Archive for August, 2010

Is "Character Amnesia" Here to Stay?

A little over a month ago, I wrote a blog about what I called "Character Amnesia." Today, half a dozen readers have called my attention to an Aug. 25th article by Judith Evans for Agence France-Presse entitled "Wired youth forget how to write in China and Japan" (and other titles) that refers to "character amnesia" and quotes from an interview with me on August 9.  The article is also being sent around on Facebook and other sharing services, so it is getting a lot of coverage.  I cannot guarantee that I coined the expression "character amnesia," but it does seem to be meeting a need.

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"Shorten link as Brumby cops beating"?

Unless you're familiar with Australian English and Australian politics, this one is going to baffle you.

In fact, I'm still somewhat baffled, even after reading (what I think is) the associated story. It may help you to know that Shorten is "federal Labor powerbroker Bill Shorten", Brumby is John Brumby, the premier of Victoria,  cops is a verb form  meaning (I think) "receives" and beating is a reference to the political defeat of an MP named Craig Langdon and/or the consequences of his resignation. Or something like that.

[Hat tip to Dave Ripley]

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"Latin-obsessed 17th century introverts"?

Some Language Log readers have long suspected me of secret prescriptivist sympathies, and I'm about to add fuel to the fire by standing up for John Dryden. Sort of.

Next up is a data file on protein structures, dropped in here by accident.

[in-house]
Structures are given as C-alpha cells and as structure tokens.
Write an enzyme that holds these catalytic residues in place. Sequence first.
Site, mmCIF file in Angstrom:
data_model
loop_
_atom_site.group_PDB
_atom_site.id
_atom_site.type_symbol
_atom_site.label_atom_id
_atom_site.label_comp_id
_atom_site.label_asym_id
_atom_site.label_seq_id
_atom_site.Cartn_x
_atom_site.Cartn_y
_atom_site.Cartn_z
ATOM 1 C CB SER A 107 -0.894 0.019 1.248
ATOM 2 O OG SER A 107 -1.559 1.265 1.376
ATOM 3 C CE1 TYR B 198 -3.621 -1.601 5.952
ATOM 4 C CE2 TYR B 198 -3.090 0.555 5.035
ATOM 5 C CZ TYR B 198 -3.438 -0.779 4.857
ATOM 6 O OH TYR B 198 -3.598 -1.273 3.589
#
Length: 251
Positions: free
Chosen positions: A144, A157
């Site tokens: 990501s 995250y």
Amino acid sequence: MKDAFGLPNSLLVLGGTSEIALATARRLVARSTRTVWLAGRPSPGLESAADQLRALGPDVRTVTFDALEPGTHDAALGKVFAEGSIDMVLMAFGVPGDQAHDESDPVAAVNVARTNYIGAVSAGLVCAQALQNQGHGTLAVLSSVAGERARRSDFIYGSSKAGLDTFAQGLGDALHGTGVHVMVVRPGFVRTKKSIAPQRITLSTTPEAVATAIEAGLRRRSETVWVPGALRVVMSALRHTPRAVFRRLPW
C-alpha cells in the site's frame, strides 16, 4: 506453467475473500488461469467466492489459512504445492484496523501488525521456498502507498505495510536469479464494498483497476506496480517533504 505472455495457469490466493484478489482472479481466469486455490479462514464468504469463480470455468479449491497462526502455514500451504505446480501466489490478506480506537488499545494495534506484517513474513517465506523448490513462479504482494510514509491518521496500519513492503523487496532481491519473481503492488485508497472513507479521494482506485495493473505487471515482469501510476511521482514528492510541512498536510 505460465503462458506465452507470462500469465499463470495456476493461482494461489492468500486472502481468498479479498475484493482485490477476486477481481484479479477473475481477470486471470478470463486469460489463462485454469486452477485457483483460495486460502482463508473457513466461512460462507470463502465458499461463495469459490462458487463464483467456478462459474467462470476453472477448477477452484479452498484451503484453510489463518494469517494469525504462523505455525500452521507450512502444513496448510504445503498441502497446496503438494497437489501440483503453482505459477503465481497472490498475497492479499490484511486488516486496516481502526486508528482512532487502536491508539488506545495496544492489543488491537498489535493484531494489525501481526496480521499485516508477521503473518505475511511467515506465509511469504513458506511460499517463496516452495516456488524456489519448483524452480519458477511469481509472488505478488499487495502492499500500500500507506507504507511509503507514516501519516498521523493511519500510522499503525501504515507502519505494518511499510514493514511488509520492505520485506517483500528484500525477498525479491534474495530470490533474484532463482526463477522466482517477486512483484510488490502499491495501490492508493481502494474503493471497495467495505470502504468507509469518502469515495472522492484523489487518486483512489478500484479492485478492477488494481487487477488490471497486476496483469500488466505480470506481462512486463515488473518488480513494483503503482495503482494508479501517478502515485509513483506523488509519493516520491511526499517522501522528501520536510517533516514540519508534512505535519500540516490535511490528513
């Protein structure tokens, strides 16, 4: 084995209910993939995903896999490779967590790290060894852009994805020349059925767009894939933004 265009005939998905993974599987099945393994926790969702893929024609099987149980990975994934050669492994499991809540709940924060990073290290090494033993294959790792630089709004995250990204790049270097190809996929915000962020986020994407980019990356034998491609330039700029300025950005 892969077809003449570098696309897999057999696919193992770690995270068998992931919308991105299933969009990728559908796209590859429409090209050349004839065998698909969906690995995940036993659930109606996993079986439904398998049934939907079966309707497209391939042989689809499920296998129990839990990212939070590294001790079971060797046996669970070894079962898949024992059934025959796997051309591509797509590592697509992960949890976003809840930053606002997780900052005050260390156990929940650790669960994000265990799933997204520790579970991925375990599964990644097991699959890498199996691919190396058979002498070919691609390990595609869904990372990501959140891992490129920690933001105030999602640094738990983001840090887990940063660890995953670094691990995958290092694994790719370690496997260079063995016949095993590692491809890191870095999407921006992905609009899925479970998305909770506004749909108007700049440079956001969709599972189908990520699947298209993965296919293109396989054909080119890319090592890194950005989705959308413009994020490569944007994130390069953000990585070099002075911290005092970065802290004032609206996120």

It all starts with today's SMBC. A student asks "Can I end my sentence with a preposition?", and the teacher responds "Good question! Let's see what a group of Latin-obsessed 17th century introverts decided!"  The introverts' cartooned answer:

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Texting while operating machinery

A Zits on modern menaces:

I've been getting reports of texting while bicycling / bicycling while texting, too.

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It turns out…

James Somers, on his blog, has a subtle and convincing literary analysis of the mildly dishonest use of a rhetorical device I have often reflected on: the embedding of an assertion in the context "It turns out that _______."

Skilled readers are trained, Somers suggests, to be disarmed by the phrase: over time they learn to trust writers who use it, "in large part because they come to associate it with that feeling of the author’s own dispassionate surprise." So an unscrupulous theorist who tells you his theories by revealing how "it turns out" that they are true is being subtly dishonest, but with very considerable deniability. After all, if P is true, you can hardly deny that "It turns out that P" is also a true assertion, can you?

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The terror of technical titles

From Bruce Webster a few weeks ago, a report of this paper title from the journal Nature Materials early this month:

Designer spoof surface plasmon structures collimate terahertz laser beams

Not exactly an ordinary crash blossom, since it's thick with technical terminology, especially plasmon and collimate, but also spoof, which looks suspiciously like an ordinary-language word used as a technical term (since otherwise it looks totally out of place in a severely technical article).

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Delusions of gender

That's the title of Cordelia Fine's new book, due out on August 30.